I didn’t make it up to the Phil Young memorial race this year, work got in the way. I need to get my values sorted out.

I should put the memory of a friend before commercial activity, but when you are under client pressure to get a job finished, it is difficult. Phil had his priorities right, though: “the bike” was number one, and everything else was organised around that.

I saw Phil at races for years before I got to know him properly. Small, tanned, dapper and smiling, he was one of the few people who could get a small bike looking well proportioned and he looked good on his always-immaculate machines.

Phil never had anything but the best kit. He would be an all-carbon man nowadays for sure, and his bikes were invariably in perfect working order. There was never a ‘sticky’ back brake on a Phil Young bicycle.

As I said, cycling really was his life and he would despair of me chasing around daft in pursuit of the ‘almighty dollar’. I understand better now Phil. For him work had its place but money was just a tool to buy Campag and fund trips to his beloved Mallorca. That said, if a job was to be done then it had to done to the highest standard.

Phil Young
Phil on one of his own immaculate machines.

Those infamous words which many tradesmen use: “we’ll get away with that” we’re never uttered by Phil Young.

He was a generous man; with his possessions and with his time. His house went like a fair; he’d be rubbing legs, there would be guys weight training, someone would have popped-in to borrow his good 28 spokers. It would be difficult to find a house like that now.

One year Phil had briefed his men that he wanted a jersey to hang-up in the hall – overall, sprints, mountains, anything as long it was a jersey. One of the lads brought a jersey back – trouble was, it was a Pringle he’d won in the Hawick road race; Phil loved banter like that.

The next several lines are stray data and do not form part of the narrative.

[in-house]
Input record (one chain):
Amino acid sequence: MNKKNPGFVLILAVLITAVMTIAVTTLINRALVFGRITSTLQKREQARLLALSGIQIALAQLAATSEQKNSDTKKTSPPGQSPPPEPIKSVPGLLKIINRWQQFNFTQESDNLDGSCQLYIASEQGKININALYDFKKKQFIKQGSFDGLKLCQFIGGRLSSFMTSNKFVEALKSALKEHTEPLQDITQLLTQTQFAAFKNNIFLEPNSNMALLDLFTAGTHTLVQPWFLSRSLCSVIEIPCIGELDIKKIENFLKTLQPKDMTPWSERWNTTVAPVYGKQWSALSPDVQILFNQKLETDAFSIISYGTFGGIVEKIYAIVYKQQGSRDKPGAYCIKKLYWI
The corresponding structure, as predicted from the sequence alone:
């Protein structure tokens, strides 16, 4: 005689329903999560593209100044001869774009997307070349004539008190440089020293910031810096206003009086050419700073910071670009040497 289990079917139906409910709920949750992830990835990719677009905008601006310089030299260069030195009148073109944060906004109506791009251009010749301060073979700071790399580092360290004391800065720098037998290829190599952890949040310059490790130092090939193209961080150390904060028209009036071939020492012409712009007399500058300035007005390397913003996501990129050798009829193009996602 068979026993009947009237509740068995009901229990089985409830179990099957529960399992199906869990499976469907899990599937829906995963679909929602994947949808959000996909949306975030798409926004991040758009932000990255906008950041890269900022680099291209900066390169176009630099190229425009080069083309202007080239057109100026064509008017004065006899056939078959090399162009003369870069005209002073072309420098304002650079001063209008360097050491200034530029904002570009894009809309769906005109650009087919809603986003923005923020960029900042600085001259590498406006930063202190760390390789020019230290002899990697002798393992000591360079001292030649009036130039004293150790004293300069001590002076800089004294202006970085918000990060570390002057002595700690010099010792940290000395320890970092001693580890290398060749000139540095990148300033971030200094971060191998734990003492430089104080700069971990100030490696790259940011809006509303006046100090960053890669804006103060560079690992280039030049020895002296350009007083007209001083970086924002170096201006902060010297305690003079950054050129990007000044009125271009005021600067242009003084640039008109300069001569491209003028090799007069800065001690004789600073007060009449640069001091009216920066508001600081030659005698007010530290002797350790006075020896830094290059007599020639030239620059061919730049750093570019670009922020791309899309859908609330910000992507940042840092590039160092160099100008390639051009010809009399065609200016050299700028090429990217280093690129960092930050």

And if you needed a man to take care of you through a hundred which started at some un-Godly hour at Westferry then Phil was your man.

When I first knew him he was in the Velo Sportiv, he joined the Modena around the same time as his protege, Finlay Gentleman. It was as if Phil had always been a part of things. His quick wit was always to the fore at club meets and on club runs woe betide you if your bike had frayed cable ends or a noisy transmission. He would rib you mercilessly.

One of his favourite runs was around Loch Leven. He would put the bike in the van, drive over and meet me at my work at Kinross. He would always half-wheel me up the climb out of Scotlandwell.

That the GS Modena should use that circuit was very appropriate; it’s just a shame that those dreaded “traffic conditions” meant a move to straighter, more easily marshalled roads.

Next year I’ll work on those priorities and get myself back up there to remember the “wee man.”